The Phillips curve, the NAIRU and the role of expectations The Phillips curve The NAIRU...

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The Phillips curve, the NAIRU and the role of
expectations
The Phillips curveThe NAIRU
Expectations
The Phillips curve
Is a central empirical result that identifies a tradeoff between the rate of unemployment and the rate of inflation
It is first of all an empirical relation... That has induced lots of theoretical work... And lots of Nobel prizes (Friedman, Phelps, etc) But there is not a single “theoretical” version of
the Phillips curve equation Also it is the missing link between WSPS
(last week) and ASAD (next week)
The Phillips curve
From WSPS to the Phillips curve
The natural rate of unemployment revisited
The role of expectations
The Phillips curve: an empirical relation
The Phillips curve: an empirical relation
The Phillips curve is an empirical relation between unemployment and the rate of inflation discovered by William Phillips in 1958 It shows a negative relation between
unemployment and inflation It can be derived by analysing deviations from
equilibrium in the WSPS model
Its general form is:
shocksupply ntunemployme cyclicalinflation expectedinflation
vuu ne
The Phillips curve: an empirical relation
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Phillips curve for France
The Phillips curve: an empirical relation
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Phillips curve for Italy
The Phillips curve: an empirical relation
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Phillips curve for Japan
The Phillips curve: an empirical relation
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Phillips curve for the USA
The Phillips curve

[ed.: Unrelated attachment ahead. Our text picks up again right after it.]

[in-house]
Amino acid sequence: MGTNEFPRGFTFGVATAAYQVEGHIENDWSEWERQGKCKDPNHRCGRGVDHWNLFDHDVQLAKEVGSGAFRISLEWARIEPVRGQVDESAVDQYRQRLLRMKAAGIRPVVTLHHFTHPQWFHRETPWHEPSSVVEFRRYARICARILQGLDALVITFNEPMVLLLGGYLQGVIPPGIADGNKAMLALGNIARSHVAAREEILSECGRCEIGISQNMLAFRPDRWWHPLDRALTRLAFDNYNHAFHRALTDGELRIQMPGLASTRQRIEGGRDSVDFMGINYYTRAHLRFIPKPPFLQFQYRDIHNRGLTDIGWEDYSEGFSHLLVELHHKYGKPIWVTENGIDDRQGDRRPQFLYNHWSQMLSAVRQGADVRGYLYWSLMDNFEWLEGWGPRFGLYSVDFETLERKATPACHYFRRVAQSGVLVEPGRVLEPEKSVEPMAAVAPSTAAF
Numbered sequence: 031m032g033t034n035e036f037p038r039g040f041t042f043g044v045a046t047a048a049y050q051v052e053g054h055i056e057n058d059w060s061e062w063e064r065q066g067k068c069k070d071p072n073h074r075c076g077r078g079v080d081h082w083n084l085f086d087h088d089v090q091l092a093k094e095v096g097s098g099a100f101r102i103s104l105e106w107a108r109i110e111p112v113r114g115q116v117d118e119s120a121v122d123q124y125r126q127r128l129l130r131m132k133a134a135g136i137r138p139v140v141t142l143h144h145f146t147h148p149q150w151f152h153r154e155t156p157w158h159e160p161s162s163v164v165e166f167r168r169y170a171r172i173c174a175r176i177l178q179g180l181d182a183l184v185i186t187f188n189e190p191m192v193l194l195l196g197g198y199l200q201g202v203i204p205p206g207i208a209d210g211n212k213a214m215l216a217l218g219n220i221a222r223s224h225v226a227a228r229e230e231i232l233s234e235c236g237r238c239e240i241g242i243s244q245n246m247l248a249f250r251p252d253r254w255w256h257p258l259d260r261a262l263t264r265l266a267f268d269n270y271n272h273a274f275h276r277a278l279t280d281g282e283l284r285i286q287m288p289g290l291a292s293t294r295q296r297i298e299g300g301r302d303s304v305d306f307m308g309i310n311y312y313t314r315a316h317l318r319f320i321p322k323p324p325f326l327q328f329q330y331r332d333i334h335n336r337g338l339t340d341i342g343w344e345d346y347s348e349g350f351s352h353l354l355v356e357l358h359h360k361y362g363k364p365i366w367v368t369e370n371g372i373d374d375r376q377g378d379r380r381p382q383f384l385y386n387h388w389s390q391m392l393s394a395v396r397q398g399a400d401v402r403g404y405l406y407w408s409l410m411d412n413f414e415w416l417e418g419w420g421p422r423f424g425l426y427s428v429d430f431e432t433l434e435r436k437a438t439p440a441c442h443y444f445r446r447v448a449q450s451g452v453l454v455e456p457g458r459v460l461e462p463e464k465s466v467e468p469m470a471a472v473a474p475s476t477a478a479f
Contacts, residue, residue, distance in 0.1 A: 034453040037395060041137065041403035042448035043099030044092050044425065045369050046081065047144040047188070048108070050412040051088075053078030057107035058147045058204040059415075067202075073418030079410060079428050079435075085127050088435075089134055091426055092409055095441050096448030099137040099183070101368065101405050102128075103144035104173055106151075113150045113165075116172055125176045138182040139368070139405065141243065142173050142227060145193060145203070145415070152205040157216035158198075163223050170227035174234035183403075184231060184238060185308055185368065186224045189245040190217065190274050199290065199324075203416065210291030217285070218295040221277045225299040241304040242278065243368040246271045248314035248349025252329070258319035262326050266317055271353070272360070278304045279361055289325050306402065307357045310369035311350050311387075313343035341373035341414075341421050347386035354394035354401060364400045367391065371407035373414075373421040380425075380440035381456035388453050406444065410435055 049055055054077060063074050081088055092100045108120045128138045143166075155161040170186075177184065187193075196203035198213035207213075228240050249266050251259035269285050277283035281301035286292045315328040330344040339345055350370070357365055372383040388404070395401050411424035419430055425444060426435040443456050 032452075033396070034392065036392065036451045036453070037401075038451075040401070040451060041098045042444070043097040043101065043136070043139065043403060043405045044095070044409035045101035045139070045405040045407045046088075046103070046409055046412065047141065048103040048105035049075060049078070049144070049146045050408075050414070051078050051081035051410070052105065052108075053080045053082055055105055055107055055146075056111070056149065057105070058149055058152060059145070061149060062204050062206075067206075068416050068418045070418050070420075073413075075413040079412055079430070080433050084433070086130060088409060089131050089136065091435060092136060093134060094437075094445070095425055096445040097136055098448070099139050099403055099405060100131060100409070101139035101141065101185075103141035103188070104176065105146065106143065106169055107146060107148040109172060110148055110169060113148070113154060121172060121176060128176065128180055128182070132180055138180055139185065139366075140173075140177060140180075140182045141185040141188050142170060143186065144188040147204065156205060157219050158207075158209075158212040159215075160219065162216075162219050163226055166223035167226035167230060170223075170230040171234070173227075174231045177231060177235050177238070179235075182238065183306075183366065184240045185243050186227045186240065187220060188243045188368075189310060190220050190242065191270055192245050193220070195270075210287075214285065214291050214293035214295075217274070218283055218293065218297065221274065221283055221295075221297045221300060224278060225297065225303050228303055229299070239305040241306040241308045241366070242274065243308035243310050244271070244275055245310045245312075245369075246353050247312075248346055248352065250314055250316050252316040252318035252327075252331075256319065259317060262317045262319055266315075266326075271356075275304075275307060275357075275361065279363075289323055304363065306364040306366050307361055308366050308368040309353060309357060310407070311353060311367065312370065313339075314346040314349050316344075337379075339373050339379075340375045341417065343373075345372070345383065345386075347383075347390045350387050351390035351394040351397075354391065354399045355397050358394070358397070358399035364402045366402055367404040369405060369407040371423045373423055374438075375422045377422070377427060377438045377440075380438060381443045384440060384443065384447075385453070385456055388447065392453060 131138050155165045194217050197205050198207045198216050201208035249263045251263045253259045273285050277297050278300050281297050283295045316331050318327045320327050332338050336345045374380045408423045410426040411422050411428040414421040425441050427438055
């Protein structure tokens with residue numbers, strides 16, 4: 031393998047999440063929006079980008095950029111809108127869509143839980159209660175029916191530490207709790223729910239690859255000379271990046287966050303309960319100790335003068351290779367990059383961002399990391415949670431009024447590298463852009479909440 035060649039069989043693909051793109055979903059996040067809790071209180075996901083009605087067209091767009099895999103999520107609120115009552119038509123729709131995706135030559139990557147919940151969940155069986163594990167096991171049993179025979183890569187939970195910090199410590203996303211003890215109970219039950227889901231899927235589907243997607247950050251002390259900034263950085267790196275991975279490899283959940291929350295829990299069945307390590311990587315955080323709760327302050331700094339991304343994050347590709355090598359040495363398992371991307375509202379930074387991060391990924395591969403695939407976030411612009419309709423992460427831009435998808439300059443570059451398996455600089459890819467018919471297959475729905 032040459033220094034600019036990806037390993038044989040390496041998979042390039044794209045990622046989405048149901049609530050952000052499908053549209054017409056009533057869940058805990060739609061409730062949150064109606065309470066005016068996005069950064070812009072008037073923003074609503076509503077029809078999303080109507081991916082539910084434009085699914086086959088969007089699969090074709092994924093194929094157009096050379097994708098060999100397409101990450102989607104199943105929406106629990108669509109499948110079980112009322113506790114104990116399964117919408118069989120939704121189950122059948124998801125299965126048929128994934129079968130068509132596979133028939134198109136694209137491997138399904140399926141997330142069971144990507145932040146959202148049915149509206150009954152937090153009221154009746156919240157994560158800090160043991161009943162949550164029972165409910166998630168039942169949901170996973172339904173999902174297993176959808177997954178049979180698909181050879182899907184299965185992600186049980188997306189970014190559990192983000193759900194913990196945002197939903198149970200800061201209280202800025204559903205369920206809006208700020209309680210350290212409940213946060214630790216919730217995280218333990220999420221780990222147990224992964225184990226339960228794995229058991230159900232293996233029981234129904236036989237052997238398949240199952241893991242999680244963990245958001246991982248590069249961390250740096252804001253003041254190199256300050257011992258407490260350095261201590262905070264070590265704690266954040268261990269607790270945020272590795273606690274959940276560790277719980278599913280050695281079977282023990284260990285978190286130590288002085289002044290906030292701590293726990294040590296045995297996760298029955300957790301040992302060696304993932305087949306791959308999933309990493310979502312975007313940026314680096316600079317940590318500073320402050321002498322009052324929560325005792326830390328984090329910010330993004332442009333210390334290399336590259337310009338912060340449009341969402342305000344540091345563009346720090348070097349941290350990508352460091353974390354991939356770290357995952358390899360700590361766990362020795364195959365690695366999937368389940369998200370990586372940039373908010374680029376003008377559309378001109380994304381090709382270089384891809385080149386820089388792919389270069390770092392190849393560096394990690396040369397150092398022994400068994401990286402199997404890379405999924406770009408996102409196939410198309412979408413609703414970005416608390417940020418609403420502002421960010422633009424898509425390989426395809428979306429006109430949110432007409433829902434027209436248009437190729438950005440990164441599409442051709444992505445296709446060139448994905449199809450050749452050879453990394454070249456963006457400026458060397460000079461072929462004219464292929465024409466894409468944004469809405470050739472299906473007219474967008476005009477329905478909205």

From WSPS to the Phillips curve
The natural rate of unemployment revisited
The role of expectations
The Phillips curve: an empirical relation
From WSPS to the Phillips curve
Quick reminder on WSPS WS : wages are a function of the expected level of
prices, the level of unemployment and the market conditions
PS : prices are a function of wages rate and the markup rate
The structural rate of unemployment can be found by setting P=P e. It is the rate of unemployment when expectations are fulfilled.
WP 1
zuFPW e ,
zuF n ,1
1
From WSPS to the Phillips curve
Structural rate of unemployment un (long run)
zuF n ,1
1
A
un
WS
PS
Real Wage P
W
Unemployment rate u
1
1
But in the short run we do not necessarily have P=P e
For example, imagine that some unexpected inflation occurs, so that P≠P e
What will unemployment u be compared to un?
Replacing WS in PS (eliminating W) gives the following One can see that if P=P e one recovers the equation for
un
WP
zuFPW e
1 : PS
, :WS
e
P 1F u,z
P 1
From WSPS to the Phillips curve
From WSPS to the Phillips curve
We now have two WSPS equations:
zuFP
Pe
,1
1
A short run equation
By subtracting one from the other, we get a relation between deviations from equilibrium
The long run equilibrium equation
zuF n ,1
1
zuFzuFP
Pne,,
1
1
1
1
zuFzuFP
Pne,,
1
11
zuFzuFP
PPne
e
,,1
From WSPS to the Phillips curve
This gives a theoretical underpinning to the Phillips curve (remember that F is a negative function of u)
Actual inflation Π is a function of: Expected inflation π e Cyclical unemployment (uu n) Shocks on supply v
zuFzuFP
PPne
e
,,1
vuu ne
inflation rate π
Unemployment rate u
β
un
Πe + v
The inverse of the slope of the Phillips curve is called the sacrifice ratio (1/β),
This is how much extra unemployment you have to accept in order to reduce inflation by 1 percentage point
1
vuu ne
From WSPS to the Phillips curve
inflation rate π
Unemployment rate uun
Πe + v
Πe’ + v
1. An increase in inflation expectations by agents…
2. …Shifts the Phillips curve upwards
vuu ne
3. This explains the “fuzzy” curves in the 1st section:
Inflation expectations were changing at the same time!
From WSPS to the Phillips curve
The Phillips curve
From WSPS to the Phillips curve
The natural rate of unemployment revisited
The role of expectations
The Phillips curve: an empirical relation
The NAIRU
Disregarding random shocks, what happens if when we are at the natural rate of unemployment, u =un ? The actual rate of inflation equals the expected rate
of inflation π =π e ... This is consistent with the WSPS prediction.